It got to be 1878, and one day O.D. Gass gets warned by the Paiutes that a group of "river indians" were on their way here with murder on their mind. It seemed that the... oh, well "river indians" is what I heard. I think they were supposed to be Mojaves but I'm not sure. Whoever these Indians were, they had some grudge with the Paiutes and were coming to settle the score. So Gass and his family packed up real quick and beat tracks for California for a while, not sure what they'd find when they got back.

The Hierarchy heard this was coming, and, being a bunch of Western morons of the same mindset that would one day credit television as a great invention, a number of their Legionnaires went outside the tent city to watch the fight. Work at the foundry stopped so people could go watch, though a few folks - probably Artificers, as I'm sure that
group were all over the Foundry by then - stuck around to keep an eye on the fire, and they turned the heat down a notch to save fuel.

The legionnaires thought this was going to be a great hoot, you see, and they were all sitting around waiting for these two tribes to whack one another. I'm sure a few of them were calling dibs on the first ones to croak so they could get smelters' rights, too. Kind of reminds me of Bull run during the Civil War: ladies and kids bringing picnic baskets and umbrellas to go watch the firefight like they were watching a parade or something. You'd think they'd have learned from the last time.

But they didn't, and it cost them big. Because right then, from out of nowhere, like avenging angels... ah, smack me, I'm getting flowery and going ahead of myself. It turned out that the Skinlands "river indians" were being ridden to create a distraction. Right behind the puppet show, to the Legionnaires' backs, the real show-stopper leaped out
of the Tempest. It was a whole army of Indian ghosts, from tribes all over the area, and they had bows and arrows and knives and guns and a look in their eyes that could break Stygian Steel into pencil shavings. It was a sneak attack, and it was a damn good one.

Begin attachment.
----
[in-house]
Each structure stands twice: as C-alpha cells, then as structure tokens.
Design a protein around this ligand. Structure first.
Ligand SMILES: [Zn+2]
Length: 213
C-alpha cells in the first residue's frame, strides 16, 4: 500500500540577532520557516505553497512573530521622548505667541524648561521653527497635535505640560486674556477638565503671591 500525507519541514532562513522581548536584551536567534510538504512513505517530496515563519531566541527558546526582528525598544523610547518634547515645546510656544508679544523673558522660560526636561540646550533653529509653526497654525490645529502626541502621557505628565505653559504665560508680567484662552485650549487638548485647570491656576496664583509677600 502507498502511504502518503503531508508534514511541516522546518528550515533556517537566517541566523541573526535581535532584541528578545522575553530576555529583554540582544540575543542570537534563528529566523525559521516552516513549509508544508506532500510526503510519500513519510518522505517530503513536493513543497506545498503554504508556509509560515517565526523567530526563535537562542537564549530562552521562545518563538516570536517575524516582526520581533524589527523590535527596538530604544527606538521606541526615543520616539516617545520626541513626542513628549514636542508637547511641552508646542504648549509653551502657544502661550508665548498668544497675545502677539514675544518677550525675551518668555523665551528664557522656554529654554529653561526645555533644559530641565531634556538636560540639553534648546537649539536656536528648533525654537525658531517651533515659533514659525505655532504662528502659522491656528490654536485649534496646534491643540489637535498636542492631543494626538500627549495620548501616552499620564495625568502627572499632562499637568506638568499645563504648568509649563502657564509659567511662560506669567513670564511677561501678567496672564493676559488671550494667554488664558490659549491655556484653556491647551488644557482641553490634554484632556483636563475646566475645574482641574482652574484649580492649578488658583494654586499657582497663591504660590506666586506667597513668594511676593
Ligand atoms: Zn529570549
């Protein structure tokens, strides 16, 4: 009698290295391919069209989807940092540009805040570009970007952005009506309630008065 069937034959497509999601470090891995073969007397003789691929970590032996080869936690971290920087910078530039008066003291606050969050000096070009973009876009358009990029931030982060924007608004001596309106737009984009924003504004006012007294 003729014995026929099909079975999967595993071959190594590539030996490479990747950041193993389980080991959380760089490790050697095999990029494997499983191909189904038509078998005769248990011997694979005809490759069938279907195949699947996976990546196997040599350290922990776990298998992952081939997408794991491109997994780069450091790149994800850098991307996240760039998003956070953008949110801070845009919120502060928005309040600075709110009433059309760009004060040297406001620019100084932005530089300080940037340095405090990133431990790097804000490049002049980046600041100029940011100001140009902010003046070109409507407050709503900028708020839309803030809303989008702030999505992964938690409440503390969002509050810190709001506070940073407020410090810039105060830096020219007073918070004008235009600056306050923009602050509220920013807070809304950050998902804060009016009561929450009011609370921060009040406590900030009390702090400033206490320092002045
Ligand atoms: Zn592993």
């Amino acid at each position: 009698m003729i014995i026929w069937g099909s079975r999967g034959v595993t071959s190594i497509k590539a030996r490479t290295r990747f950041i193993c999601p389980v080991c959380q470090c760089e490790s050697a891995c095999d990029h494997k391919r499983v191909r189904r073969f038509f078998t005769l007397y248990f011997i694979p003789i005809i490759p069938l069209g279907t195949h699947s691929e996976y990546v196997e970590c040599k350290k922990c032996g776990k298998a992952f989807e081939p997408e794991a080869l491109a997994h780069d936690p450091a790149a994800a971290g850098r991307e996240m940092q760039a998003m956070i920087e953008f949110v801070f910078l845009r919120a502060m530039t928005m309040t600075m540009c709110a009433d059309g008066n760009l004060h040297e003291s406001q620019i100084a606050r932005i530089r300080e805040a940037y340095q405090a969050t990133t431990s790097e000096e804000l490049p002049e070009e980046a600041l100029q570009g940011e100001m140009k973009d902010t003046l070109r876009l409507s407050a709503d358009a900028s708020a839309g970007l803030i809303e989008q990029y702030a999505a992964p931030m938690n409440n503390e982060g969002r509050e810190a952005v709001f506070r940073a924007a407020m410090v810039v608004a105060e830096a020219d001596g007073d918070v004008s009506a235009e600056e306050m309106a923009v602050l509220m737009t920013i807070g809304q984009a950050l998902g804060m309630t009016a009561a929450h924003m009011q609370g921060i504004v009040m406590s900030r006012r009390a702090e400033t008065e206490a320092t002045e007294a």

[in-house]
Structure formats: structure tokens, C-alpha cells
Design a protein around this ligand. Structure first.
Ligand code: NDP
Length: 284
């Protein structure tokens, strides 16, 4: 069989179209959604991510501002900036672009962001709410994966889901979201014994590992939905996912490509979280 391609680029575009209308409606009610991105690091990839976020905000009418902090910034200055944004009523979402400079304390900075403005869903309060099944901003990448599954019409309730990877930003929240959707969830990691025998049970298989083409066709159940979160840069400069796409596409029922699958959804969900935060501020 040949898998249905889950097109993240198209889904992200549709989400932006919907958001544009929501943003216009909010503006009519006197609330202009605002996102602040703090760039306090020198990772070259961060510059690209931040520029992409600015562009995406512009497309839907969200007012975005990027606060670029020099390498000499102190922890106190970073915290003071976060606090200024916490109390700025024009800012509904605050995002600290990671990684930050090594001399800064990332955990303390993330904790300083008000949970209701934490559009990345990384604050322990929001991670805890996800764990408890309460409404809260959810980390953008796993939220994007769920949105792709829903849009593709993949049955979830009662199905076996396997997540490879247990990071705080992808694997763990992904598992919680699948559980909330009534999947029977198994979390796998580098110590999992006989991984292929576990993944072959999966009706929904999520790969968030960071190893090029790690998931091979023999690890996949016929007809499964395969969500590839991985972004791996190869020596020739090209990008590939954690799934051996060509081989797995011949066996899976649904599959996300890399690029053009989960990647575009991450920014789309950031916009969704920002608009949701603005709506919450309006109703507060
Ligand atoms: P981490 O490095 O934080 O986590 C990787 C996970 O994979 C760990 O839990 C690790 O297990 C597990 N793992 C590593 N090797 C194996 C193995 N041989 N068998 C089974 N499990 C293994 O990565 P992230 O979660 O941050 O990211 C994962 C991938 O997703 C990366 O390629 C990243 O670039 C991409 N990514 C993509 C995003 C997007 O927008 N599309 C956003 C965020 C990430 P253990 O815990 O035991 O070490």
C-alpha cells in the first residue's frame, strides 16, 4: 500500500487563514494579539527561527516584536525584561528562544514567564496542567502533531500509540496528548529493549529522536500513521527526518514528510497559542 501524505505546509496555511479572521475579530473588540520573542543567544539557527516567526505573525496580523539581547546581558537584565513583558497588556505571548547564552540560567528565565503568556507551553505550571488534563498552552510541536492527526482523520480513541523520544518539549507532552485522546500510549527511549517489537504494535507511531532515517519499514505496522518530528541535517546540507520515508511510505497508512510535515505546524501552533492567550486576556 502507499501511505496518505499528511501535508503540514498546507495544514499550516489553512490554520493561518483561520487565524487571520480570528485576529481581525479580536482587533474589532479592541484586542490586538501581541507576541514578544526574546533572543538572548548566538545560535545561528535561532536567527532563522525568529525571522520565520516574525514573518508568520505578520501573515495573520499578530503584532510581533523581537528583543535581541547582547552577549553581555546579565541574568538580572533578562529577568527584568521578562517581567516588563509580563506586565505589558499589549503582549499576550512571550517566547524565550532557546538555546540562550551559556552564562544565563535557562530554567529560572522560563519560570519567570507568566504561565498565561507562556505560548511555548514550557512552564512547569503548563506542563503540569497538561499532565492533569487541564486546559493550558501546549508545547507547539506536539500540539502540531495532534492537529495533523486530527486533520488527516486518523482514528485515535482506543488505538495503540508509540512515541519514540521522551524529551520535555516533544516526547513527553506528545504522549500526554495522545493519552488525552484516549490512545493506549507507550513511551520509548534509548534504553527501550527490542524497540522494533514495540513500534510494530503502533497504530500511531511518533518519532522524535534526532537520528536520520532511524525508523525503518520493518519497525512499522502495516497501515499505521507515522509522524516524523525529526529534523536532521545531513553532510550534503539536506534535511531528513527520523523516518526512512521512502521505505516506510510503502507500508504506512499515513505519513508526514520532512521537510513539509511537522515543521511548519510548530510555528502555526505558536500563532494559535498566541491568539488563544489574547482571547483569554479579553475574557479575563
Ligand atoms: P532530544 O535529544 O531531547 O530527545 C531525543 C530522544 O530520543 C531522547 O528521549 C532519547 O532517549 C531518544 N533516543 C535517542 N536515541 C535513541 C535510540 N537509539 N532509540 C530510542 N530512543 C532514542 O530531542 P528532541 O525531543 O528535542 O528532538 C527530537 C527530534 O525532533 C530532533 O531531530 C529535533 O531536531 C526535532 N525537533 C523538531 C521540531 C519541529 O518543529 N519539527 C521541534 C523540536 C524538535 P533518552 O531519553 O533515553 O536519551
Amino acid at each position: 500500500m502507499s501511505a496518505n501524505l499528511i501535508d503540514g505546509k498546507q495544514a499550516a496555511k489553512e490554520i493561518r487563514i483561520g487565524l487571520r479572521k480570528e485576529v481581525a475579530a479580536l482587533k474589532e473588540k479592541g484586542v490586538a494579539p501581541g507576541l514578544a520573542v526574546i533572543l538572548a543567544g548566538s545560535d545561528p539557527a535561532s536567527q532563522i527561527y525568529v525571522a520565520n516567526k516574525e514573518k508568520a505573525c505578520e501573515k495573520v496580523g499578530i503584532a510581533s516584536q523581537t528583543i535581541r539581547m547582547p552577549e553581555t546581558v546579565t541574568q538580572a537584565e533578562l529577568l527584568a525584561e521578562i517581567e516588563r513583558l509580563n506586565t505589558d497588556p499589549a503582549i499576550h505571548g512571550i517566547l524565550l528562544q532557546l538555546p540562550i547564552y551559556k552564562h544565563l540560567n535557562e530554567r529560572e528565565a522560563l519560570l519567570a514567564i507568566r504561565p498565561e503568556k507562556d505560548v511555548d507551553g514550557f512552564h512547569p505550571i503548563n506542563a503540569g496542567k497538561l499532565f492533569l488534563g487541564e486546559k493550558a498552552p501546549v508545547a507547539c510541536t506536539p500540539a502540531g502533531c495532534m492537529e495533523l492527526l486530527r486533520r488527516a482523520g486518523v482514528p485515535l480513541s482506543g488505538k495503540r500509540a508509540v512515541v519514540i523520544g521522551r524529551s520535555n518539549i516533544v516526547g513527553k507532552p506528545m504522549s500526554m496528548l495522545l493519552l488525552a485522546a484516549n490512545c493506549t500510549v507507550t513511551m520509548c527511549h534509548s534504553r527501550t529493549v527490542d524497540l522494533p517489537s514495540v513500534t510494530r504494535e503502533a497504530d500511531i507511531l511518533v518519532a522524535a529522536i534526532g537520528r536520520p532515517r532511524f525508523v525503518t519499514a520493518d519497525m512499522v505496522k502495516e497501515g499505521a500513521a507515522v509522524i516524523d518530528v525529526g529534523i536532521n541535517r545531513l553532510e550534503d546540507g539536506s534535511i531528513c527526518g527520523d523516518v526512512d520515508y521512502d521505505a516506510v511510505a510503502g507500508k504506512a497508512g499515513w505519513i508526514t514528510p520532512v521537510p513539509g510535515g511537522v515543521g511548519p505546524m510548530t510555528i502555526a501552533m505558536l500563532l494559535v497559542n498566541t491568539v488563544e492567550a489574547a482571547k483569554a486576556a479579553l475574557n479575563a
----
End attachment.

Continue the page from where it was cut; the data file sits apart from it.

Of course, it was doomed, too, and I mean that in every sense of the word. The Indians got entangled with the men watching the wrong show, and while they were slaughtering their prey and getting ready to carry off captives into the Tempest there's this great war-cry. They turn right around and see a single cohort of ready, fully-armed and
Juiced-up Legionnaires of Fate running out of the Citadel. That's Fate for you. They must have seen it coming... well, maybe not. I'll get to that.

The fight gets underway, and it was, from every account I've ever heard, a complete slaughter. It was ten or twenty Doomed Legionnaires against three or four times that number of adversaries, and by the end of it every Indian ghost who'd attacked had either been captured for smelting or had been beaten down into a Harrowing. Not a one
retreated, to their credit, but in a losing war that's also pretty dumb. On our side... well, no one's sure about the exact numbers of fighters on one side or the other but the one thing they are sure about is that not a single Legionnaire of Fate was lost that day. See what I mean about not messing with the Doomed?

But, before you go asking me why the Indians would throw their unlives away for nothing, the answer is... they didn't. The ridden indians were a distraction, and the army that appeared from nowhere was also a distraction. The real objective was discovered only after the Legionnaires were combing the battlefield for plunder - when the